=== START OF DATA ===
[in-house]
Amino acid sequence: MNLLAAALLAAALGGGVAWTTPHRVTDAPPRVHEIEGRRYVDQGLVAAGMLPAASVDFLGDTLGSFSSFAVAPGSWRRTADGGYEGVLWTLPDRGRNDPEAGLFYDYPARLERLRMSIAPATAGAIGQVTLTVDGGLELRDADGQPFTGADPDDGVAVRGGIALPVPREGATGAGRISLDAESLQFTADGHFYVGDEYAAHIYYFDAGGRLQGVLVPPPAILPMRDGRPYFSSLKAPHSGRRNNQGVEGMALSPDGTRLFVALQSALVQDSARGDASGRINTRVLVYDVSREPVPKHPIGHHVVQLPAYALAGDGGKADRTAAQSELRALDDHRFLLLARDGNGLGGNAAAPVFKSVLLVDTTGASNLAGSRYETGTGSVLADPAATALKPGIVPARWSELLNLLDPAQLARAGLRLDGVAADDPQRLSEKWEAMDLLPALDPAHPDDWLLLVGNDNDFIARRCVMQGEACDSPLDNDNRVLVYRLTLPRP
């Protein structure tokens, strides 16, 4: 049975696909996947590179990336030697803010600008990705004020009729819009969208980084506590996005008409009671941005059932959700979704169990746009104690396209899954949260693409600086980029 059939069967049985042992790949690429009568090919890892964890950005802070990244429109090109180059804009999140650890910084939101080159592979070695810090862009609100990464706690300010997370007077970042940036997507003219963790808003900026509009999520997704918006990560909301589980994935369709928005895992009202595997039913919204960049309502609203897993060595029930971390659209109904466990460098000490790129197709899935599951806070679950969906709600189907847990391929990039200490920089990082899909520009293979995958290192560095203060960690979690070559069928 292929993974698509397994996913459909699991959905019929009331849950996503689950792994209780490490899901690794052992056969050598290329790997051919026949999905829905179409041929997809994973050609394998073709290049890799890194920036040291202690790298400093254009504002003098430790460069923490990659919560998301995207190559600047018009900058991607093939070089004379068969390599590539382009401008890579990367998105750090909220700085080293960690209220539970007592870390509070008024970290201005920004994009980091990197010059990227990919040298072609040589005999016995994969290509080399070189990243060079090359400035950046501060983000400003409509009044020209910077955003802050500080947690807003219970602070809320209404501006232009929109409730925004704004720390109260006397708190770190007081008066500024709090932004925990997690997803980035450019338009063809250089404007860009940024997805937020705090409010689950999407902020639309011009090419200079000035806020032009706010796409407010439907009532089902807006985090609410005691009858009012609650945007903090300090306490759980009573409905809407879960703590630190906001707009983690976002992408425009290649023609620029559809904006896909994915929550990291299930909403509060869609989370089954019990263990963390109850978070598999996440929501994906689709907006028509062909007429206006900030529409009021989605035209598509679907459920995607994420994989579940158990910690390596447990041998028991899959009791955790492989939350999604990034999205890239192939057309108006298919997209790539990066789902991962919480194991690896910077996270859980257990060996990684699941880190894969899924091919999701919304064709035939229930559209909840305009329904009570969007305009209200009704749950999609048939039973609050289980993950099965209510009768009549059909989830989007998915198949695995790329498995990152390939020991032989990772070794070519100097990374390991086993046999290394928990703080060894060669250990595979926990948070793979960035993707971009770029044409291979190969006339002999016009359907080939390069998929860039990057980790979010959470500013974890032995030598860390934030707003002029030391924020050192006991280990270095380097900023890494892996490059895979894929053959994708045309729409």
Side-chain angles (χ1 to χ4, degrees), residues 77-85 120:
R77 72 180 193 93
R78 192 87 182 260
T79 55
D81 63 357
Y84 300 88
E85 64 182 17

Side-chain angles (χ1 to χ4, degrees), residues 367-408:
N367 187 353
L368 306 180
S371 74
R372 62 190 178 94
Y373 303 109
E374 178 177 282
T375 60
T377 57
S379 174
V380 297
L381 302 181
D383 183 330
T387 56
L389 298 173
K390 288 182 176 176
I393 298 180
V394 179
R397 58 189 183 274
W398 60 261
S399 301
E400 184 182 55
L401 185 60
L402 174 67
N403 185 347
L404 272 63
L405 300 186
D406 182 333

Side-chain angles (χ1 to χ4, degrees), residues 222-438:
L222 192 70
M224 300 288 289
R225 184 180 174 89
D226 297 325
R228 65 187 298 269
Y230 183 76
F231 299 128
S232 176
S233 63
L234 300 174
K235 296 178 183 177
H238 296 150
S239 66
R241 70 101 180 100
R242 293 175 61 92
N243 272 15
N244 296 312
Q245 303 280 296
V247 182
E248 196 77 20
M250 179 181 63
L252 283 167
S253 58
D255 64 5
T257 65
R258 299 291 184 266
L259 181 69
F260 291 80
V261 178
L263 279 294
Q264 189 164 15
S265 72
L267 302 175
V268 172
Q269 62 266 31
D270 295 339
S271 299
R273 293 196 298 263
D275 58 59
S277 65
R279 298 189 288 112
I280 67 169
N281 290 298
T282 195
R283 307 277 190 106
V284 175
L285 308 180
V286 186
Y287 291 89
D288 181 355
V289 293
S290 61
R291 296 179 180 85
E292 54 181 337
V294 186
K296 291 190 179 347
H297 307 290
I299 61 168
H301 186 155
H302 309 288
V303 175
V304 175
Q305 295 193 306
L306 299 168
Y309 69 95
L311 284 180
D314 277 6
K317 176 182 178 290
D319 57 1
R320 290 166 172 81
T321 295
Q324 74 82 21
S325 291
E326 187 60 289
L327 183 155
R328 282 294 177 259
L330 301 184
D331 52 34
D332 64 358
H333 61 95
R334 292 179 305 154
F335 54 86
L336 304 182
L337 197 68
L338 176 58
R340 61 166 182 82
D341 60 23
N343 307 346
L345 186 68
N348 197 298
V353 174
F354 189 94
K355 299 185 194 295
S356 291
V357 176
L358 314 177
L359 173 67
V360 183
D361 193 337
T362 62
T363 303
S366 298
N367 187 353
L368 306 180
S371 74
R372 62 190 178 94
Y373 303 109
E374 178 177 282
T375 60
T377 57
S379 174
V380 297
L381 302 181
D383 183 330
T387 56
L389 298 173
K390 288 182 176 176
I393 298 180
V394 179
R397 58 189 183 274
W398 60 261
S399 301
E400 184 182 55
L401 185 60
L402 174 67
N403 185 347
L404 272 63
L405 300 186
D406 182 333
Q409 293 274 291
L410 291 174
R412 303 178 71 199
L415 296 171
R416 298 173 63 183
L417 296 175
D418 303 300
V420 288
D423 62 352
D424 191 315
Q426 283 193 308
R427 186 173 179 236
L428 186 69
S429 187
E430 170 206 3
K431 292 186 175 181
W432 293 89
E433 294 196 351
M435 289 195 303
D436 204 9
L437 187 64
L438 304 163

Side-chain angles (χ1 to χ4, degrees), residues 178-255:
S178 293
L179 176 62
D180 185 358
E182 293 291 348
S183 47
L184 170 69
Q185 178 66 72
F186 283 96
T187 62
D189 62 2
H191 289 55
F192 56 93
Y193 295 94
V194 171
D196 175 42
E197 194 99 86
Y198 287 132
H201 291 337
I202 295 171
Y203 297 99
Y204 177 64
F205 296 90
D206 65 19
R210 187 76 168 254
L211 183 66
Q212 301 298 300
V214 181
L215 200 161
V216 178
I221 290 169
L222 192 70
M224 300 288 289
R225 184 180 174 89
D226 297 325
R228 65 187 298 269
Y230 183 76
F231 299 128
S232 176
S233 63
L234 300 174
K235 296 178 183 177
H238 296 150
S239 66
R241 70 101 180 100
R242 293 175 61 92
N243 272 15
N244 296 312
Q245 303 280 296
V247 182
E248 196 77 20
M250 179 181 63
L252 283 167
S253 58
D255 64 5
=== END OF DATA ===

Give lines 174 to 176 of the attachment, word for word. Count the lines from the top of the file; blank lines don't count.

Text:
L417 296 175
D418 303 300
V420 288